General description: Northline is a saskatoon variety that bears very large fruit abundantly, for up to 50 years. Their taste is excellent - intense and sweet. It’s a vigorously growing shrub with a compact and tall habit that reaches up to 4 m in height. Northline is one of the most cultivated varieties in Canada, especially for combine harvesting. It was developed by J. A. Wallace at the Beaverlodge Nursery (Alberta) in 1958 and introduced to cultivation in 1976. It’s also recommended for amateur cultivation.
Flowers: Come spring, Northline’s inflorescences develop earlier than its leaves and withstand frosts of down to -7°C. Its flowers bloom abundantly and are very decorative, white with a pinkish tint, and grow gathered in pendulous inflorescences. Northline blooms earlier than other saskatoon cultivars, so its flowers may be more susceptible to damage in case of harsh late spring frosts.
Blooming: Northline flowers in early spring, beginning in the second half of April, attaining to full bloom at the end April or at the beginning of May. It produces bisexual flowers, that is with both female (pistils) and male (stamens with anthers) reproductive parts. This shrub attracts bees, butterflies and birds.
Leaves: Saskatoon are deciduous, dropping leaves for the winter and growing new foliage in spring. Fresh leaves have entire (smooth) margins, and older leaves develop very delicately serrated edges, usually in the top part of the leaf. They grow to around 2-5 cm long, and 2-4 cm wide. In autumn they change colour to a spectacular orange red.
Fruit: Northline bears very large, spherical fruit (pomes) around 16 mm in diameter. They are bluish black, covered with a lighter-coloured waxy bloom, and look quite similar to blackcurrants or chokeberries. Their flesh is soft and juicy, resembling blueberries in taste with a delicate almond aftertaste. Northline fruit are excellent for eating raw. They ripen in June/July.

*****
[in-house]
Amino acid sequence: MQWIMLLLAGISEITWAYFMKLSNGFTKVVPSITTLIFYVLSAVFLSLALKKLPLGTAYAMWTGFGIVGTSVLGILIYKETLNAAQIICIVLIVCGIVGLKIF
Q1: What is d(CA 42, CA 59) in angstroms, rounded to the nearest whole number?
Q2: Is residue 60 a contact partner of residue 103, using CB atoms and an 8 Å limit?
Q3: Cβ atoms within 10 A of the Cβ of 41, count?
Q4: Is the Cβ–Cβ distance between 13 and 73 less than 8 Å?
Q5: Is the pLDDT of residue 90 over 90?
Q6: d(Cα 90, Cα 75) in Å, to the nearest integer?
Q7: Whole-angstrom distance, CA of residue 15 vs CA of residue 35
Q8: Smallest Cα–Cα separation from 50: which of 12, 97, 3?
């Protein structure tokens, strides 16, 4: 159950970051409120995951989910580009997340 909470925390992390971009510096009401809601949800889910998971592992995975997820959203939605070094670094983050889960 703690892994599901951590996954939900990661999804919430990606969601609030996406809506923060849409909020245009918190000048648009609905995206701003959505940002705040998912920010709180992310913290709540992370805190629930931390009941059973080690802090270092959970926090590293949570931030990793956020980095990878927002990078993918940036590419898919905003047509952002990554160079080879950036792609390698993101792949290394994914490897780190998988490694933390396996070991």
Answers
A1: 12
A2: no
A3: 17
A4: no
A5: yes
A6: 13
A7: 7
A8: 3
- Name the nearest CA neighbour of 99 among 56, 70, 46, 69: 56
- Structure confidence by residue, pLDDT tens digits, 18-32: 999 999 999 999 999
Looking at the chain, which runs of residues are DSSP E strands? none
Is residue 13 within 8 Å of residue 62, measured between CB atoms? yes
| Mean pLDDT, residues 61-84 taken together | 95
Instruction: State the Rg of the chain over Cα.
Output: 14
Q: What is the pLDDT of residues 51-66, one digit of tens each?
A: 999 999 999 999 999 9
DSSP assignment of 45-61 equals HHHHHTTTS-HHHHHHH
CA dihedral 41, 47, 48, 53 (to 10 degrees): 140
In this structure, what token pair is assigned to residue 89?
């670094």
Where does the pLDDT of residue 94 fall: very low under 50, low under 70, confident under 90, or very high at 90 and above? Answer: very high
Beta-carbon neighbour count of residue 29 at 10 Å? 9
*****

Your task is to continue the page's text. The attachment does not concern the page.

Cultivation requirements: This saskatoon prefers sunny locations. Adequate sunlight guarantees a high yield and good quality fruit, because fruit that ripen in the sun have a better taste. Northline grows and fruits well in both fertile and poor soils. It’s an undemanding shrub, easy to cultivate, although it is sensitive to salinity and lack of soil moisture in the first few years after planting. The soil should be slightly acidic to slightly alkaline (pH 6.2 to pH 7.5).
Pruning: Seedlings obtained from root cuttings should be trimmed by 1/3 of their length right after planting to maintain balance between the plant’s root system and the shoots above ground. Such seedlings will grow very little in the first year, but they will develop their root system, and in the following years they’ll produce lots of new shoots with many leaves. The first pruning cut should be done after 5 years from planting (in this period the saskatoons reach full fruiting). Old, damaged, broken, and excessively thick stems should be removed, and this procedure repeated annually to maintain a balance between the growth of the shrub and proper fruiting.
Overwintering: Northline is resistant to frost and withstands temperature drops of down to -30°C. It’s recommended to cover young seedlings for the winter, for example by piling a mound of bark over the plant.
Limitations: Due to phytosanitary regulations, this seedling cannot be shipped to Estonia, Spain, France, Italy, Latvia, Finland, Lithuania, Ireland, UK, Slovenia and Slovakia.